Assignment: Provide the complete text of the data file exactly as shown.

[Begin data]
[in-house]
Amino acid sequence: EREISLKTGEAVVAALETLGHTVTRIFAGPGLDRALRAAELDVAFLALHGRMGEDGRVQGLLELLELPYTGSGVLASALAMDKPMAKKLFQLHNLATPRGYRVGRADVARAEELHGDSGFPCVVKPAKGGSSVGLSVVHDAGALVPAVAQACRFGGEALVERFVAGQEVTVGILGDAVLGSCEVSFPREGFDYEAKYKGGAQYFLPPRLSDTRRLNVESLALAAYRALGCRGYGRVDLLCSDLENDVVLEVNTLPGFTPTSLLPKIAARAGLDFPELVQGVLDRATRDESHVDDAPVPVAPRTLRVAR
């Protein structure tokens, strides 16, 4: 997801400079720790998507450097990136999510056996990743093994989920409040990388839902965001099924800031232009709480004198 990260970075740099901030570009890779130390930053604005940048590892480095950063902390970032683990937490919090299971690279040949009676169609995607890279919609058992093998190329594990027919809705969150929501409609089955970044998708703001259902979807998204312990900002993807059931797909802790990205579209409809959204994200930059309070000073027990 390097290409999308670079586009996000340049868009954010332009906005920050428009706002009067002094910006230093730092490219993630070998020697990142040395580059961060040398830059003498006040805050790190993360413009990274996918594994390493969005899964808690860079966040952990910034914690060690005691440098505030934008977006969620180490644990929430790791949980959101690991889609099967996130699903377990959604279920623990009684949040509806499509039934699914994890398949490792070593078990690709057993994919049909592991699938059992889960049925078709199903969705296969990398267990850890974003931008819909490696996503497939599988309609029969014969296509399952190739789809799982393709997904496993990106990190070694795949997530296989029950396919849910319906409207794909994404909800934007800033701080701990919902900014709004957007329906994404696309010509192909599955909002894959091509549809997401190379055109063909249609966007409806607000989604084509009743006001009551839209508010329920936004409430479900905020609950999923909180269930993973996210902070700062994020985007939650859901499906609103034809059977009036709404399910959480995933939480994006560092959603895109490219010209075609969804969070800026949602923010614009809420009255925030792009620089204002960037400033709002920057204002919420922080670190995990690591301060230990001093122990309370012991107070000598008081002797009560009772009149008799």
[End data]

[in-house]
Amino acid sequence: EREISLKTGEAVVAALETLGHTVTRIFAGPGLDRALRAAELDVAFLALHGRMGEDGRVQGLLELLELPYTGSGVLASALAMDKPMAKKLFQLHNLATPRGYRVGRADVARAEELHGDSGFPCVVKPAKGGSSVGLSVVHDAGALVPAVAQACRFGGEALVERFVAGQEVTVGILGDAVLGSCEVSFPREGFDYEAKYKGGAQYFLPPRLSDTRRLNVESLALAAYRALGCRGYGRVDLLCSDLENDVVLEVNTLPGFTPTSLLPKIAARAGLDFPELVQGVLDRATRDESHVDDAPVPVAPRTLRVAR
């Protein structure tokens, strides 16, 4: 997801400079720790998507450097990136999510056996990743093994989920409040990388839902965001099924800031232009709480004198 990260970075740099901030570009890779130390930053604005940048590892480095950063902390970032683990937490919090299971690279040949009676169609995607890279919609058992093998190329594990027919809705969150929501409609089955970044998708703001259902979807998204312990900002993807059931797909802790990205579209409809959204994200930059309070000073027990 390097290409999308670079586009996000340049868009954010332009906005920050428009706002009067002094910006230093730092490219993630070998020697990142040395580059961060040398830059003498006040805050790190993360413009990274996918594994390493969005899964808690860079966040952990910034914690060690005691440098505030934008977006969620180490644990929430790791949980959101690991889609099967996130699903377990959604279920623990009684949040509806499509039934699914994890398949490792070593078990690709057993994919049909592991699938059992889960049925078709199903969705296969990398267990850890974003931008819909490696996503497939599988309609029969014969296509399952190739789809799982393709997904496993990106990190070694795949997530296989029950396919849910319906409207794909994404909800934007800033701080701990919902900014709004957007329906994404696309010509192909599955909002894959091509549809997401190379055109063909249609966007409806607000989604084509009743006001009551839209508010329920936004409430479900905020609950999923909180269930993973996210902070700062994020985007939650859901499906609103034809059977009036709404399910959480995933939480994006560092959603895109490219010209075609969804969070800026949602923010614009809420009255925030792009620089204002960037400033709002920057204002919420922080670190995990690591301060230990001093122990309370012991107070000598008081002797009560009772009149008799």